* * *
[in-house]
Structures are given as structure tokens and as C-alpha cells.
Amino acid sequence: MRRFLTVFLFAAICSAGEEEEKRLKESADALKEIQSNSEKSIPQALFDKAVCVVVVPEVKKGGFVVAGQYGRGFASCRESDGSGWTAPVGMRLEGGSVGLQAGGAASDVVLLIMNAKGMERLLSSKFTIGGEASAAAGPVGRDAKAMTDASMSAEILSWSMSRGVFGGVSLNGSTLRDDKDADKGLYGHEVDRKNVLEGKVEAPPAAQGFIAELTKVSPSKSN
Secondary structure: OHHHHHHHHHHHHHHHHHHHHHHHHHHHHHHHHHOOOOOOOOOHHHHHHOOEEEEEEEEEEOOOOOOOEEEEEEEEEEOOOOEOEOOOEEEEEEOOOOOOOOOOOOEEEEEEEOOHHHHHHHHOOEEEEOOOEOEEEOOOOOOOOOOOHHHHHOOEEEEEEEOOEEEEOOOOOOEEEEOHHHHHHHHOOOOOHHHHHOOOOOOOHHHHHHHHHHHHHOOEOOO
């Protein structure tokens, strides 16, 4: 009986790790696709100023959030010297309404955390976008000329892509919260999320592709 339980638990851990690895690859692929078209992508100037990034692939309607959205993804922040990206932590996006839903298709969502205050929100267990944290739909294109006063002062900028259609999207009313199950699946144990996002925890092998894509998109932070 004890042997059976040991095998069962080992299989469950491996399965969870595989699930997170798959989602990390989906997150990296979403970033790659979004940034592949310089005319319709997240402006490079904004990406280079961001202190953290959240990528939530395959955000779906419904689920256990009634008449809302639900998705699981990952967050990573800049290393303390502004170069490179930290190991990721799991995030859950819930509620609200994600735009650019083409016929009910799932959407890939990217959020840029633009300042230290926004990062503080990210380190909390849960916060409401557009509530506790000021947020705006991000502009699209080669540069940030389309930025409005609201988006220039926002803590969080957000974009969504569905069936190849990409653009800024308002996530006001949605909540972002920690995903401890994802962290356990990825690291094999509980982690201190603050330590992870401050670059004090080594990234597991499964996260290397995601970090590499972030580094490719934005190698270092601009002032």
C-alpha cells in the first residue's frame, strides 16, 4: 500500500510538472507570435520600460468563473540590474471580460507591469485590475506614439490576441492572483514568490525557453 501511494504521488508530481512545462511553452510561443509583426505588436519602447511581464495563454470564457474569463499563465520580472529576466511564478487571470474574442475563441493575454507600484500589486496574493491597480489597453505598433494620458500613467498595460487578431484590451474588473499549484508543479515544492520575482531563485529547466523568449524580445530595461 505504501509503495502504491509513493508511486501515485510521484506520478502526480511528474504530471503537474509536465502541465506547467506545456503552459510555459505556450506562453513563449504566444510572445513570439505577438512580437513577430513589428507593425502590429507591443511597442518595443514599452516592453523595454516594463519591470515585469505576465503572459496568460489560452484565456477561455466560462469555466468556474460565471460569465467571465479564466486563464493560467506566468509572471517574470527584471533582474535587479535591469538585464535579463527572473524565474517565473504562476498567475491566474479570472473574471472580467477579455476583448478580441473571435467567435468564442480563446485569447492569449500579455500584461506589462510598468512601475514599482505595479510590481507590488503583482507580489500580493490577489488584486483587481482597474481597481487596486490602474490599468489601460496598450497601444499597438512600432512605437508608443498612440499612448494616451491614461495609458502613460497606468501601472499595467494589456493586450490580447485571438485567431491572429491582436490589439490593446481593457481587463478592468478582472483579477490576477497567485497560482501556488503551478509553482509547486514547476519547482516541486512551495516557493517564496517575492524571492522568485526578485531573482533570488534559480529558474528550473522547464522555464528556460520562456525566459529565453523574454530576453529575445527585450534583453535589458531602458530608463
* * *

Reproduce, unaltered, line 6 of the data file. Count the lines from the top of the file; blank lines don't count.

C-alpha cells in the first residue's frame, strides 16, 4: 500500500510538472507570435520600460468563473540590474471580460507591469485590475506614439490576441492572483514568490525557453 501511494504521488508530481512545462511553452510561443509583426505588436519602447511581464495563454470564457474569463499563465520580472529576466511564478487571470474574442475563441493575454507600484500589486496574493491597480489597453505598433494620458500613467498595460487578431484590451474588473499549484508543479515544492520575482531563485529547466523568449524580445530595461 505504501509503495502504491509513493508511486501515485510521484506520478502526480511528474504530471503537474509536465502541465506547467506545456503552459510555459505556450506562453513563449504566444510572445513570439505577438512580437513577430513589428507593425502590429507591443511597442518595443514599452516592453523595454516594463519591470515585469505576465503572459496568460489560452484565456477561455466560462469555466468556474460565471460569465467571465479564466486563464493560467506566468509572471517574470527584471533582474535587479535591469538585464535579463527572473524565474517565473504562476498567475491566474479570472473574471472580467477579455476583448478580441473571435467567435468564442480563446485569447492569449500579455500584461506589462510598468512601475514599482505595479510590481507590488503583482507580489500580493490577489488584486483587481482597474481597481487596486490602474490599468489601460496598450497601444499597438512600432512605437508608443498612440499612448494616451491614461495609458502613460497606468501601472499595467494589456493586450490580447485571438485567431491572429491582436490589439490593446481593457481587463478592468478582472483579477490576477497567485497560482501556488503551478509553482509547486514547476519547482516541486512551495516557493517564496517575492524571492522568485526578485531573482533570488534559480529558474528550473522547464522555464528556460520562456525566459529565453523574454530576453529575445527585450534583453535589458531602458530608463